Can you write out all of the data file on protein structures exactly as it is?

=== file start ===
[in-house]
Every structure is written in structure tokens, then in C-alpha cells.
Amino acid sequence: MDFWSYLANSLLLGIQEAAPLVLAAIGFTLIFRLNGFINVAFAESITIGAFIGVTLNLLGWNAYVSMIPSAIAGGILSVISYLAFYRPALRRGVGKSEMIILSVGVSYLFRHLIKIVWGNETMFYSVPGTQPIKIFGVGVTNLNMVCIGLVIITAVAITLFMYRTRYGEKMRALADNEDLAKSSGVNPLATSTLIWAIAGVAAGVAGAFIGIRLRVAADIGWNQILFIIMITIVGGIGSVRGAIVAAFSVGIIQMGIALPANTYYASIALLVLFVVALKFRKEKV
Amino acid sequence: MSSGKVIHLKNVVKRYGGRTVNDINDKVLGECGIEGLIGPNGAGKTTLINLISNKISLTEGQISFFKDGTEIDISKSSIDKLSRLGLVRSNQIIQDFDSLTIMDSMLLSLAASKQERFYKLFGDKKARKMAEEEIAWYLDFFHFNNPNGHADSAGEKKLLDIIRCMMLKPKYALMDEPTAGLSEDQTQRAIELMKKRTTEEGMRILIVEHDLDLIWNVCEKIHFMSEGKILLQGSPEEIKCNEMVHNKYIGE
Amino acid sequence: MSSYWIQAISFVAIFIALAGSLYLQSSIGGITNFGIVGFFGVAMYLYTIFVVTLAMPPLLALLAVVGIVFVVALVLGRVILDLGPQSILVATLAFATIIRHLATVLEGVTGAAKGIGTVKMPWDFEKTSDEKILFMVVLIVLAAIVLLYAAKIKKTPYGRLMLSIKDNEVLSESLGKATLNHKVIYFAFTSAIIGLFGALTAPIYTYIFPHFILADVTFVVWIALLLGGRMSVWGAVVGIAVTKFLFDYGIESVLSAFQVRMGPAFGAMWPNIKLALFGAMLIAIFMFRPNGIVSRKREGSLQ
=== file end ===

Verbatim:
[in-house]
Every structure is written in structure tokens, then in C-alpha cells.
Amino acid sequence: MDFWSYLANSLLLGIQEAAPLVLAAIGFTLIFRLNGFINVAFAESITIGAFIGVTLNLLGWNAYVSMIPSAIAGGILSVISYLAFYRPALRRGVGKSEMIILSVGVSYLFRHLIKIVWGNETMFYSVPGTQPIKIFGVGVTNLNMVCIGLVIITAVAITLFMYRTRYGEKMRALADNEDLAKSSGVNPLATSTLIWAIAGVAAGVAGAFIGIRLRVAADIGWNQILFIIMITIVGGIGSVRGAIVAAFSVGIIQMGIALPANTYYASIALLVLFVVALKFRKEKV
Amino acid sequence: MSSGKVIHLKNVVKRYGGRTVNDINDKVLGECGIEGLIGPNGAGKTTLINLISNKISLTEGQISFFKDGTEIDISKSSIDKLSRLGLVRSNQIIQDFDSLTIMDSMLLSLAASKQERFYKLFGDKKARKMAEEEIAWYLDFFHFNNPNGHADSAGEKKLLDIIRCMMLKPKYALMDEPTAGLSEDQTQRAIELMKKRTTEEGMRILIVEHDLDLIWNVCEKIHFMSEGKILLQGSPEEIKCNEMVHNKYIGE
Amino acid sequence: MSSYWIQAISFVAIFIALAGSLYLQSSIGGITNFGIVGFFGVAMYLYTIFVVTLAMPPLLALLAVVGIVFVVALVLGRVILDLGPQSILVATLAFATIIRHLATVLEGVTGAAKGIGTVKMPWDFEKTSDEKILFMVVLIVLAAIVLLYAAKIKKTPYGRLMLSIKDNEVLSESLGKATLNHKVIYFAFTSAIIGLFGALTAPIYTYIFPHFILADVTFVVWIALLLGGRMSVWGAVVGIAVTKFLFDYGIESVLSAFQVRMGPAFGAMWPNIKLALFGAMLIAIFMFRPNGIVSRKREGSLQ